More than 3,000 Technical and Further Education (TAFE) teachers attended a stop-work meeting yesterday—the largest in more than a decade—at Sydney Town Hall. The action formed part of a 24-hour strike by the TAFE education sector’s 10,000-strong workforce across the Australian state of New South Wales. Teachers are opposing a new award being enforced by the state Labor government of Premier Kristina Keneally.
Opposition to Labor’s education reforms is mounting, but the New South Wales Teachers Federation (NSWTF) and Unions NSW are working to head off a direct political struggle against the state and federal Labor governments. The NSWTF is calling for a “negotiated settlement” with Premier Keneally, even as her government makes clear it will press ahead with a series of sweeping attacks across the TAFE and public school sectors.
Hundreds of students protested in Australia’s largest cities, Sydney and Melbourne, on Wednesday to demand that international students be granted concession cards. At present international students are required to pay full fares on public transport—about twice as much as local students pay.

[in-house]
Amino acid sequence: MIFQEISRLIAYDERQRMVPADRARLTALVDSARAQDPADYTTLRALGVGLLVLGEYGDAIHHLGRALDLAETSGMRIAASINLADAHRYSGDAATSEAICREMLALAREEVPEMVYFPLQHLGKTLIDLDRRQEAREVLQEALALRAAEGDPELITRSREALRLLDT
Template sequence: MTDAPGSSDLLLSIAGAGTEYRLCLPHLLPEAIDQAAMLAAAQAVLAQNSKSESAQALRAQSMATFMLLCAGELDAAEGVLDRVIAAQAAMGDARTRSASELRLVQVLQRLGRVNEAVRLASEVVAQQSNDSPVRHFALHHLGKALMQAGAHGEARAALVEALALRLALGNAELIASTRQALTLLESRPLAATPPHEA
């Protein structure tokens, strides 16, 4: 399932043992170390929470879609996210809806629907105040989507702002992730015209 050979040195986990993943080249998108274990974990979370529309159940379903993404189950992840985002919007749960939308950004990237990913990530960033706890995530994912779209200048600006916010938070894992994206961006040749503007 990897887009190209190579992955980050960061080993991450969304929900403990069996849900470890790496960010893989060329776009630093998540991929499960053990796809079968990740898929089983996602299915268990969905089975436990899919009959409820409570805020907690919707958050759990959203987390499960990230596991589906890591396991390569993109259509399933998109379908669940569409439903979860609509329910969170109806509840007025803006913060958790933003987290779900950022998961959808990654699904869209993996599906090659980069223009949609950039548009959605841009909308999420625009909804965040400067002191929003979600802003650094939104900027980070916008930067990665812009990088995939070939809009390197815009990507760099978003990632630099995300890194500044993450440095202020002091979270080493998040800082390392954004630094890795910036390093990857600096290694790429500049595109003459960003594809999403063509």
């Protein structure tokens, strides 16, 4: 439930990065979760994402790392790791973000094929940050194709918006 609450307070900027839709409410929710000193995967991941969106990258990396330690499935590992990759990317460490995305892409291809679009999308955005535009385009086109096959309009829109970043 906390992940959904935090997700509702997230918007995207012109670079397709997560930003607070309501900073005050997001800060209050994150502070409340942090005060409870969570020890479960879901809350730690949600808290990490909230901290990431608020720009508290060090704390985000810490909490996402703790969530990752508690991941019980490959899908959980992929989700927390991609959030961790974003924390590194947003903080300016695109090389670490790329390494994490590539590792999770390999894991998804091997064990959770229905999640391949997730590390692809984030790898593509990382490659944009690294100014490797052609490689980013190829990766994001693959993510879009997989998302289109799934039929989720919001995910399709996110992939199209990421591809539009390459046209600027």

Students from Australia and overseas—about 200 in Melbourne and 300 in Sydney—rallied to demand an end to discrimination over access to public transport. That many international students participated was significant, because they are among the most vulnerable sections of the student body and subject to strict visa requirements relating to their study and work practices. If breached, these can result in deportation. Their attendance points to growing dissatisfaction and anger over their treatment as “cash cows” for the education industry.
In Melbourne the majority of students came from private colleges, such as the Hales, Gurkha, Holmes and Lonsdale institutes. Others attended from public universities, including the University of Melbourne. Students marched from the State Library—briefly blocking trams at the Bourke and Swanston streets intersection to hear speeches and chants—before arriving at the state parliament. In Sydney students from the University of Sydney, University of New South Wales, Macquarie and Newcastle universities gathered at the University of Technology in central Sydney before marching to state parliament, where officials and organisers delivered speeches.